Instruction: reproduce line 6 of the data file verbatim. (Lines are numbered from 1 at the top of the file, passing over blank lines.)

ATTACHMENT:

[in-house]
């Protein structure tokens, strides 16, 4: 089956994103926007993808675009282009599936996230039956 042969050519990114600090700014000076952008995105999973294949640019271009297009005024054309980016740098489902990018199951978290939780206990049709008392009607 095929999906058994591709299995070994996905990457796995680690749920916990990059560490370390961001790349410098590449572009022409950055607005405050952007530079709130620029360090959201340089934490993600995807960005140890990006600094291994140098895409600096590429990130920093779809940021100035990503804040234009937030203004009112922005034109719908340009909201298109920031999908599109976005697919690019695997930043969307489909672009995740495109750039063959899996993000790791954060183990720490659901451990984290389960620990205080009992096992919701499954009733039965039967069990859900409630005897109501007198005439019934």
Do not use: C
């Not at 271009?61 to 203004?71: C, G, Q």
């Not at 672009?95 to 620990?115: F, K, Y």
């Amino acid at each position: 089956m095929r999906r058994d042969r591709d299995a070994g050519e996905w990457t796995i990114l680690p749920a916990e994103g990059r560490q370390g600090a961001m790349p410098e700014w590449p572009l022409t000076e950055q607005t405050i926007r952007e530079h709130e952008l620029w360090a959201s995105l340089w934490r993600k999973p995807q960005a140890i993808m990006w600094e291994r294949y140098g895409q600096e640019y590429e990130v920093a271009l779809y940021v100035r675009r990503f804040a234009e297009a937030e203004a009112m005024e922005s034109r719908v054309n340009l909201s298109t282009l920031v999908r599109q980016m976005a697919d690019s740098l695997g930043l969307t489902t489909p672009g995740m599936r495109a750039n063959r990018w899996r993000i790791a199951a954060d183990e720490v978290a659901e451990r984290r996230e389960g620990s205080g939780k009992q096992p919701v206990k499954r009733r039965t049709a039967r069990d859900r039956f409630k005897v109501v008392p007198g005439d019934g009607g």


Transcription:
């Amino acid at each position: 089956m095929r999906r058994d042969r591709d299995a070994g050519e996905w990457t796995i990114l680690p749920a916990e994103g990059r560490q370390g600090a961001m790349p410098e700014w590449p572009l022409t000076e950055q607005t405050i926007r952007e530079h709130e952008l620029w360090a959201s995105l340089w934490r993600k999973p995807q960005a140890i993808m990006w600094e291994r294949y140098g895409q600096e640019y590429e990130v920093a271009l779809y940021v100035r675009r990503f804040a234009e297009a937030e203004a009112m005024e922005s034109r719908v054309n340009l909201s298109t282009l920031v999908r599109q980016m976005a697919d690019s740098l695997g930043l969307t489902t489909p672009g995740m599936r495109a750039n063959r990018w899996r993000i790791a199951a954060d183990e720490v978290a659901e451990r984290r996230e389960g620990s205080g939780k009992q096992p919701v206990k499954r009733r039965t049709a039967r069990d859900r039956f409630k005897v109501v008392p007198g005439d019934g009607g």